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Williams v. Berryhill

United States District Court, N.D. Alabama, Middle Division

September 27, 2017

SHARON LYNNE WILLIAMS, Plaintiff,
v.
NANCY A. BERRYHILL, Acting Commissioner of Social Security, Defendant.

          MEMORANDUM OPINION

          John E. Ott Chief United States Magistrate Judge

         Plaintiff Sharon Lynne Williams brings this action pursuant to 42 U.S.C. § 405(g), seeking review of the final decision of the Acting Commissioner of Social Security (“Commissioner”)[1] denying her application for disability insurance benefits. (Doc. 1).[2] The case has been assigned to the undersigned United States Magistrate Judge pursuant to this court's general order of reference. The parties have consented to the jurisdiction of this court for disposition of the matter. (Doc. 12). See 28 U.S.C. § 636(c), Fed.R.Civ.P. 73(a). Upon review of the record and the relevant law, the undersigned finds that the Commissioner's decision is due to be affirmed.

         I. PROCEDURAL HISTORY

         Williams filed an application for a period of disability and disability insurance benefits for a disability commencing December 29, 2007. (R. 15, 272, 290).[3] Following the initial denial of her application, Williams requested a hearing before an Administrative Law Judge (“ALJ”). Following the hearing, the ALJ issued a decision, finding that Williams was not disabled. (R. 15-27).

         Williams requested Appeals Council review. The Appeals Council vacated the ALJ's decision and remanded the case for further proceedings. (R. 43-56, 168-70). An additional hearing was conducted. Thereafter, the ALJ issued the present decision denying Williams's application for benefits. Williams again requested review of the decision. The Appeals Council denied her request. (R. 1-6). Williams then filed this action for judicial review under 42 U.S.C. § 405(g) & 1383(c)(3). (Doc. 1).

         II. STANDARD OF REVIEW

         The court's review of the Commissioner's decision is narrowly circumscribed. The function of the court is to determine whether the Commissioner's decision is supported by substantial evidence and whether proper legal standards were applied. Richardson v. Perales, 402 U.S. 389, 390, 91 S.Ct. 1420, 1422 (1971); Wilson v. Barnhart, 284 F.3d 1219, 1221 (11th Cir. 2002). The court must “scrutinize the record as a whole to determine if the decision reached is reasonable and supported by substantial evidence.” Bloodsworth v. Heckler, 703 F.2d 1233, 1239 (11th Cir. 1983). Substantial evidence is “such relevant evidence as a reasonable person would accept as adequate to support a conclusion.” Id. It is “more than a scintilla, but less than a preponderance.” Id.

         The court must uphold factual findings that are supported by substantial evidence. However, it reviews the ALJ's legal conclusions de novo because no presumption of validity attaches to the ALJ's determination of the proper legal standards to be applied. Davis v. Shalala, 985 F.2d 528, 531 (11th Cir. 1993). If the court finds an error in the ALJ's application of the law, or if the ALJ fails to provide the court with sufficient reasoning for determining that the proper legal analysis has been conducted, it must reverse the ALJ's decision. See Cornelius v. Sullivan, 936 F.2d 1143, 1145-46 (11th Cir. 1991).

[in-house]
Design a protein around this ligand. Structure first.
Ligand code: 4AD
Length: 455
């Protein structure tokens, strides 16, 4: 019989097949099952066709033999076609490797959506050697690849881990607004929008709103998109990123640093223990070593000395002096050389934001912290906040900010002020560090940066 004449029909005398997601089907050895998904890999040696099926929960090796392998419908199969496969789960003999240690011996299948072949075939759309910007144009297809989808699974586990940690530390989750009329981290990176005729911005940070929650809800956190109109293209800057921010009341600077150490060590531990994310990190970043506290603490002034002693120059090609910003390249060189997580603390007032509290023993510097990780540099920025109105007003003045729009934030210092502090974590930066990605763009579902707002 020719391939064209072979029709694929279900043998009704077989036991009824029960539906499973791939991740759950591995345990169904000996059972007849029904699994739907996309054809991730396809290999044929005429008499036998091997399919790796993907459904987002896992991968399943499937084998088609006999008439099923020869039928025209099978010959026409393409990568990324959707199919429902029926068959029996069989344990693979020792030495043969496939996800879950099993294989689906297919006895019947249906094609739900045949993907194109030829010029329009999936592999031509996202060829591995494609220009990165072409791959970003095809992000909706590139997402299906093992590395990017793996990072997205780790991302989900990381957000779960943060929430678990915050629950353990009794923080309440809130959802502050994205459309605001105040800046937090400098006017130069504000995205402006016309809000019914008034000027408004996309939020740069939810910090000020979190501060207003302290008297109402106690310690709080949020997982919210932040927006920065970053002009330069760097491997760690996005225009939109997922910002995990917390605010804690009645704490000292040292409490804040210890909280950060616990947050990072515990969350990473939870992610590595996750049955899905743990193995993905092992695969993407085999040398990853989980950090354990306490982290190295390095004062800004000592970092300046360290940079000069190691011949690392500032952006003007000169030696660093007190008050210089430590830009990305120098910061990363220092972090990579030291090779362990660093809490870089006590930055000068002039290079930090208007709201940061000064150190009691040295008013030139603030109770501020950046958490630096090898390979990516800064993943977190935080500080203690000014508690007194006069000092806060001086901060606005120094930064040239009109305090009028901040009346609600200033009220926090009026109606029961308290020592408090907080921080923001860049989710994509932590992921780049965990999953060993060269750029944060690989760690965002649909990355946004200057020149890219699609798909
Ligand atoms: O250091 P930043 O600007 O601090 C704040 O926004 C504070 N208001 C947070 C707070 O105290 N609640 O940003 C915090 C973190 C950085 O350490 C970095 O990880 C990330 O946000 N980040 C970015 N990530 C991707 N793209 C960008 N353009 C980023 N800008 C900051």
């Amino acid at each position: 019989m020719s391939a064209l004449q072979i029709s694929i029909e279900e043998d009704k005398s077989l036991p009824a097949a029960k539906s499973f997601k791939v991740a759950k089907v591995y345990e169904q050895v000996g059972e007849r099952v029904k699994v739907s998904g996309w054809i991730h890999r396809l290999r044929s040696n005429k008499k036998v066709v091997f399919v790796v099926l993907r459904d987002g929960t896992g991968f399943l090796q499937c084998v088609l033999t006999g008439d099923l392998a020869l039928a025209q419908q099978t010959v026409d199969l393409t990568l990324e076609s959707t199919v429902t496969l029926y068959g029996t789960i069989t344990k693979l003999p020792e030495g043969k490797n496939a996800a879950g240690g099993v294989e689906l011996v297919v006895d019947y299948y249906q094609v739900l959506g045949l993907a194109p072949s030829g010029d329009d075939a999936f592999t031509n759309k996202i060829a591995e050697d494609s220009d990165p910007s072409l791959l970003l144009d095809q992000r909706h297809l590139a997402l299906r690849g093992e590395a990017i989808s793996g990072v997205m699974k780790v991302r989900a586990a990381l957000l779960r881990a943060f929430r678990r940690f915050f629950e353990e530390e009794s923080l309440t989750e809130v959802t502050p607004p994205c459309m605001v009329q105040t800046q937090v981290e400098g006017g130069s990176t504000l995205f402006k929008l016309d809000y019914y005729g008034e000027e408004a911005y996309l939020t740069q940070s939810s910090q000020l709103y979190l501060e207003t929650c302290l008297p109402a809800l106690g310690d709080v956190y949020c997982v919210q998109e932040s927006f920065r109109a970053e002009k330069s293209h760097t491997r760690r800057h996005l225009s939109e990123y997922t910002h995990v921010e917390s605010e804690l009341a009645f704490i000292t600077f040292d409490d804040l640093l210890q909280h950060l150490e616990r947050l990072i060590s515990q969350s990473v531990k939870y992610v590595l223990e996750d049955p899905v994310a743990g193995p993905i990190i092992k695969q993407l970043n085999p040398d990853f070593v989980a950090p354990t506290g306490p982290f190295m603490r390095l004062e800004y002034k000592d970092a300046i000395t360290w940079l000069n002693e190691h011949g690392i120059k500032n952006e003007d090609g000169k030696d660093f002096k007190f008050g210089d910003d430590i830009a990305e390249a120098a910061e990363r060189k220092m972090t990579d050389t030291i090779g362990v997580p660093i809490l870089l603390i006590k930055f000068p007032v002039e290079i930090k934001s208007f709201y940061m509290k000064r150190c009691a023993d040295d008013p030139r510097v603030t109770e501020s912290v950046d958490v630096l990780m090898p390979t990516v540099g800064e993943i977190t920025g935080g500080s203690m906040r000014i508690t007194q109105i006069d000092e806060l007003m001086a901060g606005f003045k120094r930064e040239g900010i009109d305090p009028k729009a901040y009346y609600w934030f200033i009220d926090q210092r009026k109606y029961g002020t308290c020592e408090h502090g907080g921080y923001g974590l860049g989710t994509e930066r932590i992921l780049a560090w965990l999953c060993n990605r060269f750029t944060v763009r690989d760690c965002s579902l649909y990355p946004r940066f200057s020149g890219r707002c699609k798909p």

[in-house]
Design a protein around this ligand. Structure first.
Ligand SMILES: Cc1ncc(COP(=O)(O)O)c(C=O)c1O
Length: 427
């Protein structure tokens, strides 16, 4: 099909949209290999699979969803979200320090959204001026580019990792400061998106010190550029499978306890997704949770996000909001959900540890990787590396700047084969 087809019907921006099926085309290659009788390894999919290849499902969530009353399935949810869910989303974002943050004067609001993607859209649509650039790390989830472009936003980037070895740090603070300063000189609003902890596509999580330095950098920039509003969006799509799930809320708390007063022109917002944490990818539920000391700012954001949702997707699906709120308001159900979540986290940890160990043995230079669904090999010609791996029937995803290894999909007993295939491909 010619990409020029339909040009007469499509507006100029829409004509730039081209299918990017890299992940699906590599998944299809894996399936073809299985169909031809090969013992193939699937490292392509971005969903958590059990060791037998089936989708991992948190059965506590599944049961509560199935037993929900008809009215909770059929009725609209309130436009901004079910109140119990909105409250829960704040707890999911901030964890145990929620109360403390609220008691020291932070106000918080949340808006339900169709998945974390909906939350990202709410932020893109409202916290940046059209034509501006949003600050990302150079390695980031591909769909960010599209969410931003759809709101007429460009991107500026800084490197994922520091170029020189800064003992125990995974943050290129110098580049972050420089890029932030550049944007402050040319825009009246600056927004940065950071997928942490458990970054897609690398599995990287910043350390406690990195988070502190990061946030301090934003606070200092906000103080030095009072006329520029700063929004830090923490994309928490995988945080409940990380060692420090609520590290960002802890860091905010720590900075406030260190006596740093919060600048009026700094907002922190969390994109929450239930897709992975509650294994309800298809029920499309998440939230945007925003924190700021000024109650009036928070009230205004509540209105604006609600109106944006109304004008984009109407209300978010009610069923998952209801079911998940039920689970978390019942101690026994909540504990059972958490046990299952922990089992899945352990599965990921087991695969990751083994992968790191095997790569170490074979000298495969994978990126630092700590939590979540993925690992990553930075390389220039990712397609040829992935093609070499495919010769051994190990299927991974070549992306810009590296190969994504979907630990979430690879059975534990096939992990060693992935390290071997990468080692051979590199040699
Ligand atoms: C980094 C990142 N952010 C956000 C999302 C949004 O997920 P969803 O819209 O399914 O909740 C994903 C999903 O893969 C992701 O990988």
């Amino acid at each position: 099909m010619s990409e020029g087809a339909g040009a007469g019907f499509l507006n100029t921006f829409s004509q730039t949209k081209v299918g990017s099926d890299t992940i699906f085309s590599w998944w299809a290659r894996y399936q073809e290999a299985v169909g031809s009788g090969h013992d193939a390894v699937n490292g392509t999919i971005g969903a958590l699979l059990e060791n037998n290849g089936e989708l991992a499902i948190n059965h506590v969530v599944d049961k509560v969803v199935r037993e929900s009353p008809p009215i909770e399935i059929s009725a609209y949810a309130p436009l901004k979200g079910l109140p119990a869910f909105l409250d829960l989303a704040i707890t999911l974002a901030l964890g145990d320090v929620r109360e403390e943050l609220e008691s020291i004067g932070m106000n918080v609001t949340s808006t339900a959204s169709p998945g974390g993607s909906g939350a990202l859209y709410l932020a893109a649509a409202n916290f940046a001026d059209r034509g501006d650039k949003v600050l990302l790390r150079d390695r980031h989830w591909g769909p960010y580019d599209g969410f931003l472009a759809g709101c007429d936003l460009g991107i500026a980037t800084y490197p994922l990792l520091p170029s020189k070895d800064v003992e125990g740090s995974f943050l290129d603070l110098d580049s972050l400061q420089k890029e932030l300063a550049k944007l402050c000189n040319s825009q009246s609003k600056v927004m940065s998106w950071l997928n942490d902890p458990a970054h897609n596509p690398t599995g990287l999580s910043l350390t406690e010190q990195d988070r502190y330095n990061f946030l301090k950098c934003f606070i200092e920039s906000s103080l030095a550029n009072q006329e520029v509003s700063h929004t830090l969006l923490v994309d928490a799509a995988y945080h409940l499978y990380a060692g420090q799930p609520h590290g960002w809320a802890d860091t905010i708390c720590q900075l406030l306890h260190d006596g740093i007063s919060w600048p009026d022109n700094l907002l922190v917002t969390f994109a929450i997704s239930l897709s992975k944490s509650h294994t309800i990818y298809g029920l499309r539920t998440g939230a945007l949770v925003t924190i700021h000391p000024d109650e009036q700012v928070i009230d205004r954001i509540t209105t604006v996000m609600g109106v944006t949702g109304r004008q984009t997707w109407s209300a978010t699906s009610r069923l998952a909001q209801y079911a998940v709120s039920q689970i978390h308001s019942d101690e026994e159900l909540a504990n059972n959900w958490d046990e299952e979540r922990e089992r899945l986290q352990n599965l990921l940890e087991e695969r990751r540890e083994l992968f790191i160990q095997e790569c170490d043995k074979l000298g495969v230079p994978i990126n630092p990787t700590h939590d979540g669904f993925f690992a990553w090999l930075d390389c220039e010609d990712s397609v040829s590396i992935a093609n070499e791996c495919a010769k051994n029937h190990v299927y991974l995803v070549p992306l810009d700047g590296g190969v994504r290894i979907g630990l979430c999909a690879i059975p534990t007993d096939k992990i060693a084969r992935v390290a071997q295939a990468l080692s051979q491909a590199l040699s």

III. STATUTORY AND REGULATORY FRAMEWORK

         To qualify for disability benefits under the Social Security Act, a claimant must show the inability to engage in “any substantial gainful activity by reason of any medically determinable physical or mental impairment which can be expected to result in death or which has lasted or can be expected to last for a continuous period of not less than 12 months.” 42 U.S.C. § 423(d)(1)(A); 42 U.S.C. § 1382c(a)(3)(A). A physical or mental impairment is “an impairment that results from anatomical, physiological, or psychological abnormalities which are demonstrable by medically acceptable clinical and laboratory diagnostic techniques.” 42 U.S.C. § 423(d)(3); 42 U.S.C. § 1382c(a)(3)(D).

         Determination of disability under the Social Security Act requires a five step analysis. 20 C.F.R. §§ 404.1520(a)(4) and 416.920(a)(4). Specifically, the Commissioner must determine in sequence:

whether the claimant: (1) is unable to engage in substantial gainful activity; (2) has a severe medically determinable physical or mental impairment; (3) has such an impairment that meets or equals a Listing and meets the duration requirements; (4) can perform his past relevant work, in light of his residual functional capacity; and (5) can make an adjustment to other work, in light of his residual functional capacity, age, education, and work experience.

Evans v. Comm'r of Soc. Sec., 551 F. App'x 521, 524 (11th Cir. 2014)[4] (citing 20 C.F.R. § 404.1520(a)(4)). “Once a finding is made that a claimant cannot return to prior work the burden shifts to the [Commissioner] to show other work the claimant can do.” Foote v. Chater, 67 F.3d 1553, 1559 (11th Cir. 1995) (citation omitted). The Commissioner must further show that such work exists in the national economy in significant numbers. Id.; Evans, 551 F. App'x at 524.

         IV. ...


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